At the 2012 Summer Olympics swimming competition, everything old is new again.
In 2008, Olympic swimmers were in a class of their own, thanks to their new high-tech swimsuits. According to Kristina Wong of ABCNews.com, who wrote this article on Jan. 4, 2010:
Since their introduction in 2008 the suits, which cut down on fatigue and gave swimmers more buoyancy and speed, have led to nearly 200 world records. Last year , 43 world records were set at last summer’s world championships in Rome. [Michael] Phelps wore the Speedo LZR, a full-body, 50-percent polyurethane swimsuit during the Beijing Olympics, where he won eight gold medals. Phelps broke seven world records in Beijing.
According to Wong, many people from all parts of the swimming industry wanted the suits banned because the suits created a competitive imbalance between the old records and the new records.
When Wong wrote on this subject just three days after FINA banned the suits on Jan. 1, 2010, people wondered if the world records set in the suits would ever be broken. In the 31 months following the ban, swimmers have broken numerous world records—not just the old records, but the high-tech ones.
Through Aug. 1, 13 world records have been broken since 2010. Five world records were set in these Olympics.
People learn from their mistakes, and thanks to the experiment with the high-tech suits, the swimming industry has been forced to regulate swimwear.
According to Wong, Jamie Olsen, the communications director for USA Swimming, said:
You started to see a lot of companies enter the market, and a lot of new material enter the market. There wasn’t any procedure to evaluate them scientifically.
Journalist Christine Brennan said the connection between swimsuit makers and swimming rule makers allowed for a swift legalization of the high-tech suits. Brennan called the relationship “an entangled alliance.”
With the suits now banned, there is no need to get deeper into the politics. Andrew Mooney, a Harvard University student who contributes a column entitled “Stats Driven: A Deeper Look At The Numbers Game” to Boston.com, has tried to answer a more interesting question: Just how much faster were swimmers going in the new suits? I have posted a link to the column here.
Wong’s article gave me the impression that the new suits were putting the international swimming community in panic mode. I do not think there was really a need to panic, though.
Swimming is a race against time over a set distance. With that said, the new suits were not permanently ruining the sport’s history.
What do I mean? There are very few variables over time in a sport like swimming. Time and distance have never changed, and neither has water.
It would be very easy to erase all the world records set with the new suits. We will forever know who was wearing the high-tech suits and who was not.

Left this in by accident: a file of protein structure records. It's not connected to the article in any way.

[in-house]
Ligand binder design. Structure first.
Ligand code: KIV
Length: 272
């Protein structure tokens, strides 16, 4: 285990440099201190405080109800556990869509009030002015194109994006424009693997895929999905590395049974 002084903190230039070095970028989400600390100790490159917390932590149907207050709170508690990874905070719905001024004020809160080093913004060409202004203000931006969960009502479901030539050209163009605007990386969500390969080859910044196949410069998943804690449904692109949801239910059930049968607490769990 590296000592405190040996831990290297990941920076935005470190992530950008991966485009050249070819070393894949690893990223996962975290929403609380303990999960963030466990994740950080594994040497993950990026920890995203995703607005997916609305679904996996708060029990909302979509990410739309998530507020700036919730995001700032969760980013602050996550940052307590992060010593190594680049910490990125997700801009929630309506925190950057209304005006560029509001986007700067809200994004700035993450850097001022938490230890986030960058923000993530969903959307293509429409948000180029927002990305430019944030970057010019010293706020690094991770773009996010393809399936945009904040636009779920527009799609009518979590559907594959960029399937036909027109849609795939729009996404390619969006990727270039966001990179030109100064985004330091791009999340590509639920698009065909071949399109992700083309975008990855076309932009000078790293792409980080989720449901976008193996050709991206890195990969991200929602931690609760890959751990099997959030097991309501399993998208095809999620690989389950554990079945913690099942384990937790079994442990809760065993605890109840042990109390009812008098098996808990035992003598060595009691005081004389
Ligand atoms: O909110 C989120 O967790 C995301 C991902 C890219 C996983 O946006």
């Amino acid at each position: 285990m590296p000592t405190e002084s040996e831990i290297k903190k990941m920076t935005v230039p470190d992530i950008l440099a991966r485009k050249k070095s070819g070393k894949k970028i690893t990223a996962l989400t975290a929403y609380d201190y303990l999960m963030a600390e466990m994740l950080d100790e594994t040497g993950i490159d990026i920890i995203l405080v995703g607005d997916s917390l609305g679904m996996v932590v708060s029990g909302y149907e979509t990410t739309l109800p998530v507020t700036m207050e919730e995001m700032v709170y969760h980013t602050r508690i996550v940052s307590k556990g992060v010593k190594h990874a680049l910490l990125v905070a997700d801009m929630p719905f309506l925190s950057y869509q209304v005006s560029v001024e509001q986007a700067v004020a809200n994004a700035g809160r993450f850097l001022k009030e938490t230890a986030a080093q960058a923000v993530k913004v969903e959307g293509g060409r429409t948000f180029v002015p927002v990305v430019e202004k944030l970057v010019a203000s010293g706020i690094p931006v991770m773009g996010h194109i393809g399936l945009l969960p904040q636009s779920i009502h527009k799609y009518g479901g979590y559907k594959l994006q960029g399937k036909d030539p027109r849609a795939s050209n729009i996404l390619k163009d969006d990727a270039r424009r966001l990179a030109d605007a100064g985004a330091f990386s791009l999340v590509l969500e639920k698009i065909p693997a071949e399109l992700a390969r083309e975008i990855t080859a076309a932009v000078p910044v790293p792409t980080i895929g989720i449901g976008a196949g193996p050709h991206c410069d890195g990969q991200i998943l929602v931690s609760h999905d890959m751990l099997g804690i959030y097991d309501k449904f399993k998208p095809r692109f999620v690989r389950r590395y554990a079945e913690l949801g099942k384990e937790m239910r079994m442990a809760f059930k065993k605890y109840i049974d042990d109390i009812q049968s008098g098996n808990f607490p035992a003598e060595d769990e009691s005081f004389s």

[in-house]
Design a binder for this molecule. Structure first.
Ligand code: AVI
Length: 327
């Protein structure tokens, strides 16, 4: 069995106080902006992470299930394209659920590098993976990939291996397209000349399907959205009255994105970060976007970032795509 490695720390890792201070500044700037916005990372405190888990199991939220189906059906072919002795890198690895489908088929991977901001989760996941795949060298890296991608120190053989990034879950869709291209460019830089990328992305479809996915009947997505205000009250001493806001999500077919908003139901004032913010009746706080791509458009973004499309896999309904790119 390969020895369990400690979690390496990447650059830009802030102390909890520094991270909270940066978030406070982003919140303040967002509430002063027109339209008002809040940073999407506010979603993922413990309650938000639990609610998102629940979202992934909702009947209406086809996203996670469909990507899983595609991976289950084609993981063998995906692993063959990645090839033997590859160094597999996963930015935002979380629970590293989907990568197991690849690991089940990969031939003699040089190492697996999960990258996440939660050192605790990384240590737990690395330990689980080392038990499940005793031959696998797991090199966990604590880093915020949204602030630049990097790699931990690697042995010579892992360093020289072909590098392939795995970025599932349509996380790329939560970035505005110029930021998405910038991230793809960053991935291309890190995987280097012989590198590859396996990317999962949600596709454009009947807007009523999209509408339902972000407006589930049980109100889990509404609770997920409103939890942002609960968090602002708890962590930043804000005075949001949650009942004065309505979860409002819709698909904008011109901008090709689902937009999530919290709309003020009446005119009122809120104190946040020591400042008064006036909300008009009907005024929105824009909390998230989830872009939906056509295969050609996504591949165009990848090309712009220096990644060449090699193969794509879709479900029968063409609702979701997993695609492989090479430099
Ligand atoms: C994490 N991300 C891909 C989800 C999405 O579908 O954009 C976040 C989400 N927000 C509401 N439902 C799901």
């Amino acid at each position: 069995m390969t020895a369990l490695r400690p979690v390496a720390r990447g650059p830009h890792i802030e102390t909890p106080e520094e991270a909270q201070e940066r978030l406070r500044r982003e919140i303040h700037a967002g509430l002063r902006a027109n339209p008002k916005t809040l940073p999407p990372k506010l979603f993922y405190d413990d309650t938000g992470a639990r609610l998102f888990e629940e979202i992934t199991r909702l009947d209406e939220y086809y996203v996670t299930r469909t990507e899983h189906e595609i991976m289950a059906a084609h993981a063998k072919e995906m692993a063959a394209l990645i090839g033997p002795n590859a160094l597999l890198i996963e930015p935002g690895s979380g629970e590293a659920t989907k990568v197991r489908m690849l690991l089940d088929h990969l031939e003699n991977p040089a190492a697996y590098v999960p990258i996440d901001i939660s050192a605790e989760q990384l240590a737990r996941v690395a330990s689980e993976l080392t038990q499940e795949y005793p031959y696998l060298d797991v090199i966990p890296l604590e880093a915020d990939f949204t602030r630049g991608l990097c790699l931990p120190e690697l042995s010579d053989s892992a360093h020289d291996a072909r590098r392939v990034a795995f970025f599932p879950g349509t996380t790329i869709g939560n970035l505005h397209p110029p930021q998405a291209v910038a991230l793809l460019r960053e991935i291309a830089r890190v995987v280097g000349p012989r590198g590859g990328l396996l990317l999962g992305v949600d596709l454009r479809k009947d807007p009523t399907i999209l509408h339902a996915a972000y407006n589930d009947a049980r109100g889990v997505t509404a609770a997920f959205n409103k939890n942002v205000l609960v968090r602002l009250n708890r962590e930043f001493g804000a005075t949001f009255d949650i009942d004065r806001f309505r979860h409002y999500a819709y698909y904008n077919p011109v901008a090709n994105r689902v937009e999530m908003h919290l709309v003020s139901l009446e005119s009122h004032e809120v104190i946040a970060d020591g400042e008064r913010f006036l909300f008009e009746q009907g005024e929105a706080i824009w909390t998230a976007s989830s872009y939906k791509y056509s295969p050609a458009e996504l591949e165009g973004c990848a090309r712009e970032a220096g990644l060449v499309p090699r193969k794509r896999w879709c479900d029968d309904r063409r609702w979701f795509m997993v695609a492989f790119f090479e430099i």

So, should FINA erase the world records set in the high-tech suits and restore the old records? Considering swimmers in “old” suits are breaking those records, the swimmers themselves—not FINA—might be able to restore order.
The good thing about at least recognizing these records, in my opinion, is that it requires swimmers to swim even faster to break world records. Swimmers who break world records today can say, “Hey, I broke a record set with now illegal technology. I can prove that man is truly better than machine.”
Today’s athletes are bigger, stronger and faster than those who came before them. In swimming, that means world records will continue to fall easily, high-tech suits or not. The 2012 Olympics have proven this so far, and I would not be surprised to see more world records re-written as the competition continues.
Jason Devaney of NBCOlympics.com sums this story up well:
Some people thought it would take years for some of the “suit era” world records to be broken. But all it took was one to fall in order to let everyone know that no, these marks are not untouchable.
In fact, they’re very beatable. All it takes is some hard work in the pool, in the gym and a confident mindset. Swimming is back [to] the old days when the swimmer was the story, not the suit he or she was wearing. The latest crop of world records proves that there are a whole lot of really fast swimmers out there hungry to re-write the record books.
The real competitive tragedy will happen the day athletes lose the motivation to set new records. I do not see that day coming for a long, long time.
In the meantime, FINA should at least place an asterisk next to the “suit era” records. This way, swimmers will know what they were and will prepare themselves to break them, but swimmers from the past will get their records re-honored.